Law in Contemporary Society

Portrayal of Lawyers in Bee Movie, Cars: Law and Life

-- By JoieLiew - Revised 25 May 2024

PBS Kids, Pixar, Disney, Studio Ghibli, and many more – I could go on listing the numerous media companies that defined the stories in my childhood and continue to influence what I consume now. Ono and Pham observed that, in our “hyper-information society,” media plays a role in educational and social networking spaces in “help[ing] people to make sense of themselves and their relationships with others.” This role of media representations was situated within the context of studying Asian Americans and the media, but I find their theoretical insights to be broadly applicable to the power of media on social processes. For instance, Nielsen, Patel, and Rosner’s Ahead of the Lawmen": Law and Morality in Disney Animated Films 1960-1998 reflects Ono and Pham’s ideas in a context focused on the law where they analyzed the portrayal of law and morality in Disney animated films. Differing from how their article discussed the disconnection of law from morals and even justice in Disney movies, I will be considering the ways in which lawyer characters from films intended for a young audience may connect law with justice.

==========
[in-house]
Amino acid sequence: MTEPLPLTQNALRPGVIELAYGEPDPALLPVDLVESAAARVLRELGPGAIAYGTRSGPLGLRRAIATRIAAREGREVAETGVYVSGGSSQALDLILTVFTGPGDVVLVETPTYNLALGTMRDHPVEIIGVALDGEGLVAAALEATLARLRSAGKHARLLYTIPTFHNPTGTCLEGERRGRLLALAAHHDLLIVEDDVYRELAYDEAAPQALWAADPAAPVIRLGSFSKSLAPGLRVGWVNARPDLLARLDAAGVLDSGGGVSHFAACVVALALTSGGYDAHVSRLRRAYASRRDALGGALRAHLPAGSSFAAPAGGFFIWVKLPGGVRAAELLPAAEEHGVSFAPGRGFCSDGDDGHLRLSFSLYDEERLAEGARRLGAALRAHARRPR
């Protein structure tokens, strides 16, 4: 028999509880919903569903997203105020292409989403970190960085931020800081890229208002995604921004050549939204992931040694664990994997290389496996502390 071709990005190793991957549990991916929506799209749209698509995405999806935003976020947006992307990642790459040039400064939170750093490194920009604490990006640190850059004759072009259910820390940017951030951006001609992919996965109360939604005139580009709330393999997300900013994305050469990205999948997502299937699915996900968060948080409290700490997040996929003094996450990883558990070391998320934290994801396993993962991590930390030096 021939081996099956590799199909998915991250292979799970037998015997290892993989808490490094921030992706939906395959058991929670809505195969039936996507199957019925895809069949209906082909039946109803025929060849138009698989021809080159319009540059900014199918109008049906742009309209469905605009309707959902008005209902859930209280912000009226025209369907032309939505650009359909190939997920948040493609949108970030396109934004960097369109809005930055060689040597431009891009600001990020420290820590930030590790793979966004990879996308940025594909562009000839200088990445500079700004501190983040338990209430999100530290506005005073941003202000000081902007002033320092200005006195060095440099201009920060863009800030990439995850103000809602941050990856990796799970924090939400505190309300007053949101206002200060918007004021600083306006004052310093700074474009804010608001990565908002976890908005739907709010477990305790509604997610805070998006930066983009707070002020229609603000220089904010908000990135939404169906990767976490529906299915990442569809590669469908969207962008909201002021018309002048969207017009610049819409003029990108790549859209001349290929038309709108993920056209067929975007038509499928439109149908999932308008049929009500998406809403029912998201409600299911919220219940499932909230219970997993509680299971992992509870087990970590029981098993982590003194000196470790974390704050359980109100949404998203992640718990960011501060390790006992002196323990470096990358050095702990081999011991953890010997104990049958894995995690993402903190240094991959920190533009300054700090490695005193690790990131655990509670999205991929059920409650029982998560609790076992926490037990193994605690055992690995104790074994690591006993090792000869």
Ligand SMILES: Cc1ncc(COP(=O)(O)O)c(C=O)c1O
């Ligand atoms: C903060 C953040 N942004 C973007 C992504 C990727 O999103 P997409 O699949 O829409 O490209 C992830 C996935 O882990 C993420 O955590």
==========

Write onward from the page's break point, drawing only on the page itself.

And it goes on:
I chose to focus on the two animated films of Bee Movie and Cars because these characterizations of lawyers are the ones I can most vividly recall and oddly find relatable. Barry B. Benson from Bee Movie and Sally Carrera from Cars were written as practicing attorneys with both movies featuring a court scene. Although these films are products of the entertainment industry, I believe the characters still offer a glimpse into dominant views of lawyers and how others think about the practice of law. The portrayal of lawyers in both Bee Movie and Cars illustrate the ability of lawyers to creatively choose what they can do with the profession while presenting two different conceptions of how one can find fulfillment while pursuing justice.

Bee Movie: Justice Within the Courtroom and Balancing Sense of Self with Practicing Law